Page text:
Losing My Religion

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God may be watching us, but we’d be fools to think that He’s got our best intentions at heart—He definitely doesn’t act like it, that’s for sure.

Such is the brutal lesson Adam Chamberlain learns when Cassie, the love of his life, gets beheaded by terrorists while on a humanitarian Peace Corps mission in third-world Mozambique. A teenage ‘godaholic’ known around the country for his speeches to get Young America to abstain from premarital sex at large, Adam was convinced it was written in the stars—or in the Lord’s master plan anyway—that he and Cassie would live happily ever after… and have intercourse as soon as both had uttered the words ‘I do.’ Not anymore.

Welcome to the world of American Virgin, the most confrontational of all of Vertigo’s newest titles for everyone who freaked out over Janet Jackson dangling her boob on national television.

With this enthralling read, writer Steven T. Seagle puts religion-crazy America on its head and dares the faithful to ask themselves if they’d still believe in God after their lives got shook up like Adam’s has. Whatever the answer, there’s no way this book would be on George W.’s pull list were he into comics.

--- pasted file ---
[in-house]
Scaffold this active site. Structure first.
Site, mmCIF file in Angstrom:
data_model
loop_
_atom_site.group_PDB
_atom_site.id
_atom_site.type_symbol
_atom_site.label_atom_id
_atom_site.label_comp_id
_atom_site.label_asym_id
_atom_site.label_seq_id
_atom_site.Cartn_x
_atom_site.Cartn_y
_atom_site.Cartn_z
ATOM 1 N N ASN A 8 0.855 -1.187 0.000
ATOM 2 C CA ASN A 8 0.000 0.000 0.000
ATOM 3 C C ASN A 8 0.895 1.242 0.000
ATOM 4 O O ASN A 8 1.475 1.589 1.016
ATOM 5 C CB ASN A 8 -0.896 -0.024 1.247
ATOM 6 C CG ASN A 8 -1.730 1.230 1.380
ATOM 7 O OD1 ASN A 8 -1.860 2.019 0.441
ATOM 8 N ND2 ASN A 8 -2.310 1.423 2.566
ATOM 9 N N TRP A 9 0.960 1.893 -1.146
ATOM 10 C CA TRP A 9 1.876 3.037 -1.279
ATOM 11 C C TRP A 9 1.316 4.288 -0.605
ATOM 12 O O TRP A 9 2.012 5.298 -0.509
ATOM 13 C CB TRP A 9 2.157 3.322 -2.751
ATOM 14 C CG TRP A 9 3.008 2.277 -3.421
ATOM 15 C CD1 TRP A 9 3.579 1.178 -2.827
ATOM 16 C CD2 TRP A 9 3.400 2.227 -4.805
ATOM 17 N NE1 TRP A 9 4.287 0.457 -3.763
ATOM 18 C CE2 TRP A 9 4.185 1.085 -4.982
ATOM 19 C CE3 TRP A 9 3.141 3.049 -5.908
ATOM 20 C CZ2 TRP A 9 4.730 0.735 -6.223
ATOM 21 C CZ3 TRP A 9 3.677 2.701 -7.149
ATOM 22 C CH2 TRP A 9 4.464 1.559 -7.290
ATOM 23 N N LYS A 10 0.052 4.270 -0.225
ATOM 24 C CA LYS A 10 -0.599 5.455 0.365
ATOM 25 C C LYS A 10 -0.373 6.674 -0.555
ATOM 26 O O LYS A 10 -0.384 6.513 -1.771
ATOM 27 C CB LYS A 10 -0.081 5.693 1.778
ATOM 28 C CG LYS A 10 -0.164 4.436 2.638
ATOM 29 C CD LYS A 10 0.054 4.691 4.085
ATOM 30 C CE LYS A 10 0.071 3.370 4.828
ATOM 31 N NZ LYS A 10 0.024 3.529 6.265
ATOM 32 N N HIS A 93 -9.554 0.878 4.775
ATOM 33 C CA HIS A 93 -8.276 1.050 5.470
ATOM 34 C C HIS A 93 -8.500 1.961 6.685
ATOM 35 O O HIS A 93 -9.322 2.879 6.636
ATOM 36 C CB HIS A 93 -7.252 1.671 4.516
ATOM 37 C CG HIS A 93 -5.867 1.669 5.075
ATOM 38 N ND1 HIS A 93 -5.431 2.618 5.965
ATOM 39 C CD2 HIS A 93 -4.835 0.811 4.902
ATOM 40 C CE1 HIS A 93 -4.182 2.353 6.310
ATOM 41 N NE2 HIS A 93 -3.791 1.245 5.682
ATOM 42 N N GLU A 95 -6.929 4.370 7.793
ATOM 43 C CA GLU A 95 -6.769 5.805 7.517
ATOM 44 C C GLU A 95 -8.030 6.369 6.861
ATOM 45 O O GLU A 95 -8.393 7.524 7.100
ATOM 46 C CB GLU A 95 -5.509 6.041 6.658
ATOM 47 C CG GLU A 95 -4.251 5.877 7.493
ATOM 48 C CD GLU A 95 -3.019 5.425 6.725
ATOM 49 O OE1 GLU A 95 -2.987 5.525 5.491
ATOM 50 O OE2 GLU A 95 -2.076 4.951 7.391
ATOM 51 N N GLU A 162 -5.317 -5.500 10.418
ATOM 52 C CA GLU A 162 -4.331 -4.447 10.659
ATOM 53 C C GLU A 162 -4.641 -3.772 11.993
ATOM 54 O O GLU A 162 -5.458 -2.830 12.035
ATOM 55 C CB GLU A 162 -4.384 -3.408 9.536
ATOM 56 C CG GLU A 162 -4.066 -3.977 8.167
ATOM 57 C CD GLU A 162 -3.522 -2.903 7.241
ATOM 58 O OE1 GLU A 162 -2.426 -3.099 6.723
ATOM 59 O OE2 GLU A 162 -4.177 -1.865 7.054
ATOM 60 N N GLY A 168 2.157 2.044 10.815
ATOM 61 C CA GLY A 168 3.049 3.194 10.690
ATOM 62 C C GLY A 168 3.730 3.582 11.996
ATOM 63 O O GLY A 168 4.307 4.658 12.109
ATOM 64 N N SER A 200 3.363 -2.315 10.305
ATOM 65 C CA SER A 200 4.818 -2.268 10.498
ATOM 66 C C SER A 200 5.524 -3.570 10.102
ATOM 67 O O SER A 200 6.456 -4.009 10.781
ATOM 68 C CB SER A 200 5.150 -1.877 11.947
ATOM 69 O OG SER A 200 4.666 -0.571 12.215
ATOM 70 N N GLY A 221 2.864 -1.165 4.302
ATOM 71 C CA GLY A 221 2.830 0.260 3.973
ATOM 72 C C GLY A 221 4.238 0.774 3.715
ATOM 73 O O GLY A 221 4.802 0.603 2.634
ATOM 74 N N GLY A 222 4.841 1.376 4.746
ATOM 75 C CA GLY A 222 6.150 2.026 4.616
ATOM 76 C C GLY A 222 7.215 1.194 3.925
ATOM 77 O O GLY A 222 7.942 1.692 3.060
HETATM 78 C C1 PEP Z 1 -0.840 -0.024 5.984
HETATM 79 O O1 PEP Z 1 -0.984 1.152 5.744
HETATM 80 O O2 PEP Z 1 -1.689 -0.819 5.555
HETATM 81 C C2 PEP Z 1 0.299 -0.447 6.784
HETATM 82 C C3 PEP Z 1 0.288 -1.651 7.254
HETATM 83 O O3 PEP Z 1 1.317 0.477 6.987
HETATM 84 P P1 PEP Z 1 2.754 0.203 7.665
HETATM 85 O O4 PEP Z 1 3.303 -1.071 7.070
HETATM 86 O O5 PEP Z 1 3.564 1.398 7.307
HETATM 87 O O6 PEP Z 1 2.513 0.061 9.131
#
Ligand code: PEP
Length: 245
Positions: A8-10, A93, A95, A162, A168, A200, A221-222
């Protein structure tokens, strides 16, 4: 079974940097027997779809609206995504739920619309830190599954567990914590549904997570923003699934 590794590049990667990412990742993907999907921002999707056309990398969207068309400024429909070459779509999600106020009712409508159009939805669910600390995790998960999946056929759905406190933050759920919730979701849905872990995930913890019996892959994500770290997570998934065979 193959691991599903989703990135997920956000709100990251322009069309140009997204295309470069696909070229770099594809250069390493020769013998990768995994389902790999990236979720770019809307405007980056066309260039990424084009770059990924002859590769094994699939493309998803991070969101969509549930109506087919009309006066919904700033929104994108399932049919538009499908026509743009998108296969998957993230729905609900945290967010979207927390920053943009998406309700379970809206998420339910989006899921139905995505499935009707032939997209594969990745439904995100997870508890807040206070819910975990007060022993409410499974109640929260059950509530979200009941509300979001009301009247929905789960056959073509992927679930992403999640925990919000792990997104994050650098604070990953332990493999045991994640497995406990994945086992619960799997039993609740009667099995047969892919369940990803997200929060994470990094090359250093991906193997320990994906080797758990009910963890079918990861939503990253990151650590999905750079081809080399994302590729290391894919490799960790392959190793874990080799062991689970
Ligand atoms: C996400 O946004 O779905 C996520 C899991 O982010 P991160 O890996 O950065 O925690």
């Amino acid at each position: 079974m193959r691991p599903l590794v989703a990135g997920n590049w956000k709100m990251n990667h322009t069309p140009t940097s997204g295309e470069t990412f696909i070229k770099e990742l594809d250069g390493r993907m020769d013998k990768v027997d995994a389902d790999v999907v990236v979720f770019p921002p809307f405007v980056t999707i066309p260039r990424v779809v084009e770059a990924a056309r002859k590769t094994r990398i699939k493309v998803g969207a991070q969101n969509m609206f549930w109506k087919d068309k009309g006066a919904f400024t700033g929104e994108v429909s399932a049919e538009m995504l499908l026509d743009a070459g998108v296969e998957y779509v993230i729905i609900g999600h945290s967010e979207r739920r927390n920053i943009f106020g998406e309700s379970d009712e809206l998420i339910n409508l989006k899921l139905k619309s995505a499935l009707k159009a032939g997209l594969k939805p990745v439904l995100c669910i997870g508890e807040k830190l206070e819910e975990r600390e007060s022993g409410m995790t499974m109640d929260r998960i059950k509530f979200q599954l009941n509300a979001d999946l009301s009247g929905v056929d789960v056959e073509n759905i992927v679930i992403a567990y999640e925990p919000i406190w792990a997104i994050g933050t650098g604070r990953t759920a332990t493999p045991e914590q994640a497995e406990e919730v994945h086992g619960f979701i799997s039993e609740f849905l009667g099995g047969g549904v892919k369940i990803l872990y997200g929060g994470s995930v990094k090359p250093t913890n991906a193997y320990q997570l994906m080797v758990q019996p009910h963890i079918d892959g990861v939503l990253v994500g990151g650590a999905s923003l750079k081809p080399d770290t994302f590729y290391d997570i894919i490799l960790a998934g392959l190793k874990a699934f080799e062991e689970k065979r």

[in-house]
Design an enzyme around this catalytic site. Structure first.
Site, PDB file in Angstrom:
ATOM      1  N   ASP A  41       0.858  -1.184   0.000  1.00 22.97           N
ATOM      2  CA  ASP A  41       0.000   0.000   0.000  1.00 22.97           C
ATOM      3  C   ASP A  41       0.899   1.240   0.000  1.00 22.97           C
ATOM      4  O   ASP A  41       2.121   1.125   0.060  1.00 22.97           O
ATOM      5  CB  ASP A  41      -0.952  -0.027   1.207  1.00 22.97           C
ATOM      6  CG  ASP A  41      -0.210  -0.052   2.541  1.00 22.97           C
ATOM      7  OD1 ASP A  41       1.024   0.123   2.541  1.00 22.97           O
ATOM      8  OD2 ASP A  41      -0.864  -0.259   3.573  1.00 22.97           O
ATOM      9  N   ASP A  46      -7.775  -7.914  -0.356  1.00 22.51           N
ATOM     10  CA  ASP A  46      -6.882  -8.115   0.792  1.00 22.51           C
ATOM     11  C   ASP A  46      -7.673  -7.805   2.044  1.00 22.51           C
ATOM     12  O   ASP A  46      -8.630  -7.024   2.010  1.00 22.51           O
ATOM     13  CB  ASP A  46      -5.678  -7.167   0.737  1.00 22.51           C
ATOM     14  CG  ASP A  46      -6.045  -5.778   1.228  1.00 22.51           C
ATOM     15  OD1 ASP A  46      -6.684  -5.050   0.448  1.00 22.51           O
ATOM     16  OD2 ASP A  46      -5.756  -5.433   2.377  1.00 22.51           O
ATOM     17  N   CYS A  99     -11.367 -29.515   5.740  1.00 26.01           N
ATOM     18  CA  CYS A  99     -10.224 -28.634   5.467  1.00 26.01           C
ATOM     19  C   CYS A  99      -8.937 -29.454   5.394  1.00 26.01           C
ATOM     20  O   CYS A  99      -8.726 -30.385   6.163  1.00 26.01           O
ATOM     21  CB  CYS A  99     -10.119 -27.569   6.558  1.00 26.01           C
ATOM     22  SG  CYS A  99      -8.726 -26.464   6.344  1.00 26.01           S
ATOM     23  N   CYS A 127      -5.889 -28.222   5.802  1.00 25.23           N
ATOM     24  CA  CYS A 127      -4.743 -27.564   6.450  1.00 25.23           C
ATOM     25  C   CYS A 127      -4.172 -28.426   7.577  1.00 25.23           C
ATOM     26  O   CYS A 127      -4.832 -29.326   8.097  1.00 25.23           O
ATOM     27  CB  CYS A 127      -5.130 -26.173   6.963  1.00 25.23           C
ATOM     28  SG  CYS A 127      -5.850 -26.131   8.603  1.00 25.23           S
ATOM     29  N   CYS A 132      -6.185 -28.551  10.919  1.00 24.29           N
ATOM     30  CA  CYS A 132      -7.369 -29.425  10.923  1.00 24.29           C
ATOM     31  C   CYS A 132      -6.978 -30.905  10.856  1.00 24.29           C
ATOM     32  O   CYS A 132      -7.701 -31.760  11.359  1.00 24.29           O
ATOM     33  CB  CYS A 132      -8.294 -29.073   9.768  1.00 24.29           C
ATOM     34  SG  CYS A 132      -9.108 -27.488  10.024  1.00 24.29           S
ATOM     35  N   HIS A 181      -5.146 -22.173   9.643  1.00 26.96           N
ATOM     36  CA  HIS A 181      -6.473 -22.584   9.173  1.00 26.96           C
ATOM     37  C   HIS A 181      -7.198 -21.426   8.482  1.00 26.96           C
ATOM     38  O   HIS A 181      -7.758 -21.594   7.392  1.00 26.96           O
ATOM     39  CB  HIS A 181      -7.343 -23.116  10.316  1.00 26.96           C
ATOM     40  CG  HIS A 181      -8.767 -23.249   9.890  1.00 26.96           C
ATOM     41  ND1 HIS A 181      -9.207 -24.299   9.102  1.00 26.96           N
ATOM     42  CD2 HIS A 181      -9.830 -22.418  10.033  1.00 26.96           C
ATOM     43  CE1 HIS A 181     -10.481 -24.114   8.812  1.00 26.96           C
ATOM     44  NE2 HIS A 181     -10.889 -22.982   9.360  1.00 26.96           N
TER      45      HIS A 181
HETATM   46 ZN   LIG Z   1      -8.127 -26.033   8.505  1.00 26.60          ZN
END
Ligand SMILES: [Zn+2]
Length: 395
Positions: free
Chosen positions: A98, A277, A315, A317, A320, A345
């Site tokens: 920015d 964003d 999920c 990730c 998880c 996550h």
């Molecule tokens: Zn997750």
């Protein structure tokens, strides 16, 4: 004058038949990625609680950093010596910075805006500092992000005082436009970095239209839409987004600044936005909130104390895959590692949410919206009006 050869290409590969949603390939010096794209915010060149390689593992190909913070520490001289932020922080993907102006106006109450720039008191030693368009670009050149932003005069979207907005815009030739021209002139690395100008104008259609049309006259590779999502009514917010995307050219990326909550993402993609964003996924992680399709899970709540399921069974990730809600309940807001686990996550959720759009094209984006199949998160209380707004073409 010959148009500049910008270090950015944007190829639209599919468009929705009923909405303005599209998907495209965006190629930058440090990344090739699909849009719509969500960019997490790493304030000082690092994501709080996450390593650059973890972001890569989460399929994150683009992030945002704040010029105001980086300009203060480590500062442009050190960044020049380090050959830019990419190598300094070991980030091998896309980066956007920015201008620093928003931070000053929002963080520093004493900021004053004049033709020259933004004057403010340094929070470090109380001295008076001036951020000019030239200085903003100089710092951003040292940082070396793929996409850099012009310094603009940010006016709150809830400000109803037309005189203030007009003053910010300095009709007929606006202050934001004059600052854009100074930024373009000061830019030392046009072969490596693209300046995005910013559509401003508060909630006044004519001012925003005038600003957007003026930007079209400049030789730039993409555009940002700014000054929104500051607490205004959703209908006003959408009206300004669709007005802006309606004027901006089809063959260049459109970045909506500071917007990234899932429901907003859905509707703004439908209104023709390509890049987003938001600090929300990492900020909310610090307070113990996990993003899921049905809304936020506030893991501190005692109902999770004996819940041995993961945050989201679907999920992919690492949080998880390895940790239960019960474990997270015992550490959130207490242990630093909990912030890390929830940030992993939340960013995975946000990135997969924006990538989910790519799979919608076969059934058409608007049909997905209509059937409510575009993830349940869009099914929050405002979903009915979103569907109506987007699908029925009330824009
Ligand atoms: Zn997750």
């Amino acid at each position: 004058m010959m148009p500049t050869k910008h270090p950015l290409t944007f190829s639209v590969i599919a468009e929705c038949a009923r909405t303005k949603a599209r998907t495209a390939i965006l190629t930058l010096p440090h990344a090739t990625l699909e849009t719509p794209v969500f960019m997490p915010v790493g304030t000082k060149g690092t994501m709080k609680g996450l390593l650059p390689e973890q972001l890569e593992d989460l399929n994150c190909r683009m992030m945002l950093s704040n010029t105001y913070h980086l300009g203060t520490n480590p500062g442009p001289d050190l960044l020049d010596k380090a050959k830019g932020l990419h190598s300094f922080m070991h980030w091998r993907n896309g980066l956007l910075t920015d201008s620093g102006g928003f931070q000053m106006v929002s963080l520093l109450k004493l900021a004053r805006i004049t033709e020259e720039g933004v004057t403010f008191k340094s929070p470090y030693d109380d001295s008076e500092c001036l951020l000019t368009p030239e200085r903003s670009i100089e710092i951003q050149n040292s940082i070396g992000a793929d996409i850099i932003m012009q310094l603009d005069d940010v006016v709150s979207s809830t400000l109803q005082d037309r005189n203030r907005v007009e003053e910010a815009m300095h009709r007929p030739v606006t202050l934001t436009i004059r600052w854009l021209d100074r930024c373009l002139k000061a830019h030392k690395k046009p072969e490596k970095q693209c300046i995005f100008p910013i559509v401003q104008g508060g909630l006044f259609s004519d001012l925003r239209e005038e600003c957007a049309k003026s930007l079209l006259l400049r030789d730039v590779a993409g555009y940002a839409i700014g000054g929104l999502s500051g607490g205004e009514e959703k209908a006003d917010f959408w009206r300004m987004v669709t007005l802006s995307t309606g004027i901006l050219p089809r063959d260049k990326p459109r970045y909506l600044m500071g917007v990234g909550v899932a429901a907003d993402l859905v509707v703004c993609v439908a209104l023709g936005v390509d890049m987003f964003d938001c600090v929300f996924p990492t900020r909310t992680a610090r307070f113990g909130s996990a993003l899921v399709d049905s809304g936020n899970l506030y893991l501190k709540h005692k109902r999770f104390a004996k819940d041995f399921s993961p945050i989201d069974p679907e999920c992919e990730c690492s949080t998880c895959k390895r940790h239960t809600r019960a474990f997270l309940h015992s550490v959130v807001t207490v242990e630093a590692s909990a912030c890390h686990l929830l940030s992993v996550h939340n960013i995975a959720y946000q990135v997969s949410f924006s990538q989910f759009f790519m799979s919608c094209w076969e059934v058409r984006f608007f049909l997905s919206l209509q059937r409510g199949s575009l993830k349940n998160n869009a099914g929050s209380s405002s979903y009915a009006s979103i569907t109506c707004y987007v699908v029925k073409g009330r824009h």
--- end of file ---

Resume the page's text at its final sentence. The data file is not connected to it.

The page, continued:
The overt social commentary, and the kicking of conservative Americans’ conscience along the way, is what separates this book from the rest of the pack. After all, isn’t the best fiction the one where readers get offered a mirror on society? This holds true for all genres, whether you crave science fiction, fables, fairy tales, or a moralistic tome like American Virgin.

Issues one through four, encompassing the soon-to-be-collected opening story arc “Head”, did a great job at paving the way for the rest of the series. When the news of Cassie’s assassination is reported at the end of the first chapter, Adam’s belief system takes a major blow and continues to crumble down bit by bit with each instalment. Although young Chamberlain hasn’t completely let go of his faith, it becomes harder and harder as the story proceeds. The times where he’s acted like a borderline psycho are countless, but then again, we might behave accordingly if we were in his shoes.